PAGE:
Already infamous for defacing PBS's website earlier this week, cracking outfit LulzSec today claimed a familiar scalp—whatever remains of it, anyway. This time, it's Sony Pictures Entertainment, the movie-making division. From a statement attributed to the group:
Our goal here is not to come across as master hackers, hence what we're about
to reveal: SonyPictures.com was owned by a very simple SQL injection, one of
the most primitive and common vulnerabilities, as we should all know by now.
From a single injection, we accessed EVERYTHING. Why do you put such faith in
a company that allows itself to become open to these simple attacks?
What's worse is that every bit of data we took wasn't encrypted. Sony stored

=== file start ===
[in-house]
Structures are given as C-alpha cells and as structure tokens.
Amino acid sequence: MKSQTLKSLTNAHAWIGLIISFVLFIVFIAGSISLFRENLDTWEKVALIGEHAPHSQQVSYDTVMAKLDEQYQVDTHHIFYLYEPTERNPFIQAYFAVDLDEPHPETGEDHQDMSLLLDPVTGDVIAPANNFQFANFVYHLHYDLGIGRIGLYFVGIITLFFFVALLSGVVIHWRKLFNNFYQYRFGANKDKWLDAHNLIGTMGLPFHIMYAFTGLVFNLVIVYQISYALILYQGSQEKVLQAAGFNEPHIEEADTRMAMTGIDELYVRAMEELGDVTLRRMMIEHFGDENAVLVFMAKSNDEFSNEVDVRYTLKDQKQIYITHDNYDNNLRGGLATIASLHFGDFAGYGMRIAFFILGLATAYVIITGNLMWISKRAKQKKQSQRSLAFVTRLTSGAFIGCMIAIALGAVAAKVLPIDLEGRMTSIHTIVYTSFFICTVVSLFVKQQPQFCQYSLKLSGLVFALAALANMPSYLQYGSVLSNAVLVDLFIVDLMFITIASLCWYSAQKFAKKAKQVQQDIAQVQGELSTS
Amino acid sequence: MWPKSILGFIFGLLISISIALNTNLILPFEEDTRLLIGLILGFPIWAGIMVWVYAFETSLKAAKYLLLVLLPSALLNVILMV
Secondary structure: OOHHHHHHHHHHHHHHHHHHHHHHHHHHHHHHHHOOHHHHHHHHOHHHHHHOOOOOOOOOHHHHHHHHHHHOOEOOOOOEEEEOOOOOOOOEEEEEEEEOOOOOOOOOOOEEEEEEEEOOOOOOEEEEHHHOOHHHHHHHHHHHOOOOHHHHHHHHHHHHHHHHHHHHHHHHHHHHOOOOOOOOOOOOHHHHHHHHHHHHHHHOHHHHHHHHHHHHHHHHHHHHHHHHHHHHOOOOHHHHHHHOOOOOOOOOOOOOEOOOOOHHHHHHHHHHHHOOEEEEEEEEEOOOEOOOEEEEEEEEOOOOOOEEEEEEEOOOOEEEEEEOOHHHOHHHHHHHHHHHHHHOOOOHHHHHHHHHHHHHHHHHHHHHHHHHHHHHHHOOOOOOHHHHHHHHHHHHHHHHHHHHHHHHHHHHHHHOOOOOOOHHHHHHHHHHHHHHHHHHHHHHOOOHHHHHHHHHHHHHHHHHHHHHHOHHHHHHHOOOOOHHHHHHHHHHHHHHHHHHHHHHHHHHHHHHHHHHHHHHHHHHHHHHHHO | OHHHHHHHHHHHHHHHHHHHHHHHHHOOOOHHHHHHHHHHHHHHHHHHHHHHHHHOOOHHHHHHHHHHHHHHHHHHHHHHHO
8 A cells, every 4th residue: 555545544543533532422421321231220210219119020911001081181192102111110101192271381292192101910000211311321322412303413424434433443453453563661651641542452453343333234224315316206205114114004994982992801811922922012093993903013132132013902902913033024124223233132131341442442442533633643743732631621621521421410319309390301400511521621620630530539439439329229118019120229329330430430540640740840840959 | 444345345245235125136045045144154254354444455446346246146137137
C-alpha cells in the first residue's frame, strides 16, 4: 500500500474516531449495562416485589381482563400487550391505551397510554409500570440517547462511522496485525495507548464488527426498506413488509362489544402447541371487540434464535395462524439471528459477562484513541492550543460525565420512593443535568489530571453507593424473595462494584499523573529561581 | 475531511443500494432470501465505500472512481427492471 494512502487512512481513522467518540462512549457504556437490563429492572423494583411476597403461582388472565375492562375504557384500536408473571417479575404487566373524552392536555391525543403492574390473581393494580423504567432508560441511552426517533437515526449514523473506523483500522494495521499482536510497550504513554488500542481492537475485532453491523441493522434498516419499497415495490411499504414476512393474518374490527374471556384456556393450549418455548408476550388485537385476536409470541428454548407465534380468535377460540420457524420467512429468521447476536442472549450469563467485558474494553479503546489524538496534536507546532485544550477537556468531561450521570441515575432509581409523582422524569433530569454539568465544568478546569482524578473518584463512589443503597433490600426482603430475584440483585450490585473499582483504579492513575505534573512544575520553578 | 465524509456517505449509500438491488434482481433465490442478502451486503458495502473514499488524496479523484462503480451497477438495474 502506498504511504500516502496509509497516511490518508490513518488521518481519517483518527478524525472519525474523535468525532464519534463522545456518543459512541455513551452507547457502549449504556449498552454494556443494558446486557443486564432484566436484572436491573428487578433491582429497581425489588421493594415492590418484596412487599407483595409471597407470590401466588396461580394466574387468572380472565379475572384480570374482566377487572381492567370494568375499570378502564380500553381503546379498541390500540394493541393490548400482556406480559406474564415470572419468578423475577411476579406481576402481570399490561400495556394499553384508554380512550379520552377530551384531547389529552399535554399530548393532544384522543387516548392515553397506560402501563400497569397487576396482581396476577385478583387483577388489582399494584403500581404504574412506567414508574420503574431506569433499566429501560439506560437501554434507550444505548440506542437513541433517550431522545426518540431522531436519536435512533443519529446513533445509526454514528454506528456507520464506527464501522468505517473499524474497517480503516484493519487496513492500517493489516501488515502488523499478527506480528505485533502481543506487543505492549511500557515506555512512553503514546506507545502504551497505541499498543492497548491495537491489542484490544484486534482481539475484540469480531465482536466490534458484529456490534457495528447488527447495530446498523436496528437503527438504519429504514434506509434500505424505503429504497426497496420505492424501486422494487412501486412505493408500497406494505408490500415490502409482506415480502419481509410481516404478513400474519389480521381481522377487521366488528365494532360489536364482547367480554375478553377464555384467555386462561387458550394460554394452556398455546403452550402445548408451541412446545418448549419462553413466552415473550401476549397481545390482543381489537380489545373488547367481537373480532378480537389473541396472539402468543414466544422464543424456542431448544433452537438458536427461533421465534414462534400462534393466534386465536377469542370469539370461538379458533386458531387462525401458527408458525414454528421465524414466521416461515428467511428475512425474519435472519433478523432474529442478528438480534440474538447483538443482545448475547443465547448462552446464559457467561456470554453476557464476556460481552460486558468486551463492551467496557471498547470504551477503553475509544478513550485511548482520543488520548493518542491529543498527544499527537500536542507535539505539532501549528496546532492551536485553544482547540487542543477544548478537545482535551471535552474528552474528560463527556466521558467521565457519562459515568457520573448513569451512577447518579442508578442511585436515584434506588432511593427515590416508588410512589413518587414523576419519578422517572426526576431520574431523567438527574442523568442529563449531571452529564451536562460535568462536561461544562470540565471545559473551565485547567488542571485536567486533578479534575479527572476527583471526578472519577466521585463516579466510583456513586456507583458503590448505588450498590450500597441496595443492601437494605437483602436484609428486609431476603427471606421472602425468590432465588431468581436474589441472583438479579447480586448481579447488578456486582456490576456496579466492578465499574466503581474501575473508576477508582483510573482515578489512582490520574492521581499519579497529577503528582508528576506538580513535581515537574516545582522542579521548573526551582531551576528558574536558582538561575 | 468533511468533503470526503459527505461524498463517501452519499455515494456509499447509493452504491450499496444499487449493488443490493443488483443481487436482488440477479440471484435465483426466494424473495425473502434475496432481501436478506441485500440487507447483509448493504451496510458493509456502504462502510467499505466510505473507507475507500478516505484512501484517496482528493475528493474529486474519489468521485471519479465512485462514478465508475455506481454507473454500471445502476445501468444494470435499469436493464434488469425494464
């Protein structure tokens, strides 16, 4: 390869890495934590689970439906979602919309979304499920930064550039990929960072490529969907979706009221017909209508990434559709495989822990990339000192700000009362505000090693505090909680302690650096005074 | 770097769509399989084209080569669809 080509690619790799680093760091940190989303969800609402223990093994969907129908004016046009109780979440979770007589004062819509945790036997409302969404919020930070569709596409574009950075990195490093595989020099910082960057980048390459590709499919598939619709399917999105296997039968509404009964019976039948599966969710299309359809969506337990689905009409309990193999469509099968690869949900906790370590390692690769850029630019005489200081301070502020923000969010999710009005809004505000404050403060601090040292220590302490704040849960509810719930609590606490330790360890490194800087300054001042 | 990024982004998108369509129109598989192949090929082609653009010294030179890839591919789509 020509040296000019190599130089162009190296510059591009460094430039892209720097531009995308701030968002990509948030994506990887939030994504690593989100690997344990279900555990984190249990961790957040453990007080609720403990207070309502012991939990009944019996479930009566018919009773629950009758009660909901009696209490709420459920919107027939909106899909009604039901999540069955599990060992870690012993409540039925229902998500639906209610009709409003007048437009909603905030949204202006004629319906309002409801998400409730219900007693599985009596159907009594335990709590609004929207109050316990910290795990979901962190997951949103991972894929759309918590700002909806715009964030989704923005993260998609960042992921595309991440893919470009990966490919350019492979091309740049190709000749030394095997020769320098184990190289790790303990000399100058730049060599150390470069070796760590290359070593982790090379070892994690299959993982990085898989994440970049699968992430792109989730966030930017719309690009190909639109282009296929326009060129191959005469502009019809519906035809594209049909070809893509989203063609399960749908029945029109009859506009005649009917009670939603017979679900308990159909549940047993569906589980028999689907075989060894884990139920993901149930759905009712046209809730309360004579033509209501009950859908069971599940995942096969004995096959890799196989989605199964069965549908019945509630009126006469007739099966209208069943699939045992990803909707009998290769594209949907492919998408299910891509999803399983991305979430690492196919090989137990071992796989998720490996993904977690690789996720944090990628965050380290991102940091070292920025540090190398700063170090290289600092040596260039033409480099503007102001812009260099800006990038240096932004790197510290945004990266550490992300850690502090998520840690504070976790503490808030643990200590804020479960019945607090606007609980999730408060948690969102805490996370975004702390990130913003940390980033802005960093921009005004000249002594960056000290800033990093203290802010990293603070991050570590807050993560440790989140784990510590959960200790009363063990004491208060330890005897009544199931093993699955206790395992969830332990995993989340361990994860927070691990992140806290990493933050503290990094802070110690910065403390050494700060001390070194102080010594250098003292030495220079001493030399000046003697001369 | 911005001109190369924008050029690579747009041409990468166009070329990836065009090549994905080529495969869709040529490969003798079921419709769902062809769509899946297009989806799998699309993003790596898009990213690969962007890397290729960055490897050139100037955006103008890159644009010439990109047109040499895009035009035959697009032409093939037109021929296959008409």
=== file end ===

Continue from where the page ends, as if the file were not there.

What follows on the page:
over 1,000,000 passwords of its customers in plaintext, which means it's just
a matter of taking it. This is disgraceful and insecure: they were asking for it.
The haul of data, already posted to The Pirate Bay, also includes 3.5 million Sony Music coupons.
Sony traditionally is run as a set of 'silos', independent departments, divisions and joint ventures that have much autonomy from one another. This might be why there are so many different attacks: perhaps there is always another Sony silo which runs its own web infrastructure, where hundreds of dollars worth of web development can go down the drain, just like that.